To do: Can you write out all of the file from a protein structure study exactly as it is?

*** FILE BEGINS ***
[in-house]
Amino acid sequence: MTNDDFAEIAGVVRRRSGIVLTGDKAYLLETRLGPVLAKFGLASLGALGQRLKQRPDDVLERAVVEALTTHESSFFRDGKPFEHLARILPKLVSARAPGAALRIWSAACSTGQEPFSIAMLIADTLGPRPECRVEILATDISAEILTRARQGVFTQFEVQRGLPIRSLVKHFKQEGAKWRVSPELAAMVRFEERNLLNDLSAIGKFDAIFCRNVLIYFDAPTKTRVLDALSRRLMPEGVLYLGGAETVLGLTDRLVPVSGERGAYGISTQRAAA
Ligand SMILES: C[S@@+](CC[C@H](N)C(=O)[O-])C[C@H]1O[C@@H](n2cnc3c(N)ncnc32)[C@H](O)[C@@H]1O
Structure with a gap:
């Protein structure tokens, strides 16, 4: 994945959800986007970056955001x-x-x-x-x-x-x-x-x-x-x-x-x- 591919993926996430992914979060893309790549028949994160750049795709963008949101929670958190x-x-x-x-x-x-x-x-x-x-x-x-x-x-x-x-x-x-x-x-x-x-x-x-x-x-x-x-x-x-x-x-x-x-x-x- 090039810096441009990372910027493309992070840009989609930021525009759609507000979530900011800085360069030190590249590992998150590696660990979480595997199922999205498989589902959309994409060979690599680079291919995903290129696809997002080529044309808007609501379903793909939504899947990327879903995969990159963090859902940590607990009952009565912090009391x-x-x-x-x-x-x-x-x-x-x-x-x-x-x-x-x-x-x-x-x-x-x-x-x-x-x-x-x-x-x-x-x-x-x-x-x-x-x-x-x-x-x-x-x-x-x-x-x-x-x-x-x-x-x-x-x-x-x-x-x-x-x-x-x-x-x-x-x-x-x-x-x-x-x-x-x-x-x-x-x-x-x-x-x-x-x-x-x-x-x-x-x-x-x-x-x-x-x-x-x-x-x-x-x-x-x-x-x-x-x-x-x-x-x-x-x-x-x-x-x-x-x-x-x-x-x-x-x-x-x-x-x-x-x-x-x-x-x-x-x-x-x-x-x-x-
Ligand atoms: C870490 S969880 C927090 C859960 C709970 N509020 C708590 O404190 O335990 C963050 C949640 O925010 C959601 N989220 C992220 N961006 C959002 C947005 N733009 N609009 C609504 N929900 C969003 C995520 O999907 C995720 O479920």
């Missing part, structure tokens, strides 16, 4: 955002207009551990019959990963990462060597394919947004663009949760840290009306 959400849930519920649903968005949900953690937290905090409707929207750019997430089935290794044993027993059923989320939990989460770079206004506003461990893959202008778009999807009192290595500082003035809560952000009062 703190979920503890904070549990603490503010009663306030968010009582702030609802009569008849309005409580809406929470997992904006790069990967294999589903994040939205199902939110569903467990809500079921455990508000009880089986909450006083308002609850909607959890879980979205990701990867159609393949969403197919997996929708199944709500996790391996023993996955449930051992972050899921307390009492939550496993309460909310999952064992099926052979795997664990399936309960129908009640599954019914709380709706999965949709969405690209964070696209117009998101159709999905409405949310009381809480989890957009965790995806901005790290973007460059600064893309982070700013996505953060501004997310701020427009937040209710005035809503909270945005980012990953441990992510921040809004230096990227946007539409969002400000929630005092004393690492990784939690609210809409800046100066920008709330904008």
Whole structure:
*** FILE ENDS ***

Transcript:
[in-house]
Amino acid sequence: MTNDDFAEIAGVVRRRSGIVLTGDKAYLLETRLGPVLAKFGLASLGALGQRLKQRPDDVLERAVVEALTTHESSFFRDGKPFEHLARILPKLVSARAPGAALRIWSAACSTGQEPFSIAMLIADTLGPRPECRVEILATDISAEILTRARQGVFTQFEVQRGLPIRSLVKHFKQEGAKWRVSPELAAMVRFEERNLLNDLSAIGKFDAIFCRNVLIYFDAPTKTRVLDALSRRLMPEGVLYLGGAETVLGLTDRLVPVSGERGAYGISTQRAAA
Ligand SMILES: C[S@@+](CC[C@H](N)C(=O)[O-])C[C@H]1O[C@@H](n2cnc3c(N)ncnc32)[C@H](O)[C@@H]1O
Structure with a gap:
């Protein structure tokens, strides 16, 4: 994945959800986007970056955001x-x-x-x-x-x-x-x-x-x-x-x-x- 591919993926996430992914979060893309790549028949994160750049795709963008949101929670958190x-x-x-x-x-x-x-x-x-x-x-x-x-x-x-x-x-x-x-x-x-x-x-x-x-x-x-x-x-x-x-x-x-x-x-x- 090039810096441009990372910027493309992070840009989609930021525009759609507000979530900011800085360069030190590249590992998150590696660990979480595997199922999205498989589902959309994409060979690599680079291919995903290129696809997002080529044309808007609501379903793909939504899947990327879903995969990159963090859902940590607990009952009565912090009391x-x-x-x-x-x-x-x-x-x-x-x-x-x-x-x-x-x-x-x-x-x-x-x-x-x-x-x-x-x-x-x-x-x-x-x-x-x-x-x-x-x-x-x-x-x-x-x-x-x-x-x-x-x-x-x-x-x-x-x-x-x-x-x-x-x-x-x-x-x-x-x-x-x-x-x-x-x-x-x-x-x-x-x-x-x-x-x-x-x-x-x-x-x-x-x-x-x-x-x-x-x-x-x-x-x-x-x-x-x-x-x-x-x-x-x-x-x-x-x-x-x-x-x-x-x-x-x-x-x-x-x-x-x-x-x-x-x-x-x-x-x-x-x-x-x-
Ligand atoms: C870490 S969880 C927090 C859960 C709970 N509020 C708590 O404190 O335990 C963050 C949640 O925010 C959601 N989220 C992220 N961006 C959002 C947005 N733009 N609009 C609504 N929900 C969003 C995520 O999907 C995720 O479920």
């Missing part, structure tokens, strides 16, 4: 955002207009551990019959990963990462060597394919947004663009949760840290009306 959400849930519920649903968005949900953690937290905090409707929207750019997430089935290794044993027993059923989320939990989460770079206004506003461990893959202008778009999807009192290595500082003035809560952000009062 703190979920503890904070549990603490503010009663306030968010009582702030609802009569008849309005409580809406929470997992904006790069990967294999589903994040939205199902939110569903467990809500079921455990508000009880089986909450006083308002609850909607959890879980979205990701990867159609393949969403197919997996929708199944709500996790391996023993996955449930051992972050899921307390009492939550496993309460909310999952064992099926052979795997664990399936309960129908009640599954019914709380709706999965949709969405690209964070696209117009998101159709999905409405949310009381809480989890957009965790995806901005790290973007460059600064893309982070700013996505953060501004997310701020427009937040209710005035809503909270945005980012990953441990992510921040809004230096990227946007539409969002400000929630005092004393690492990784939690609210809409800046100066920008709330904008």
Whole structure: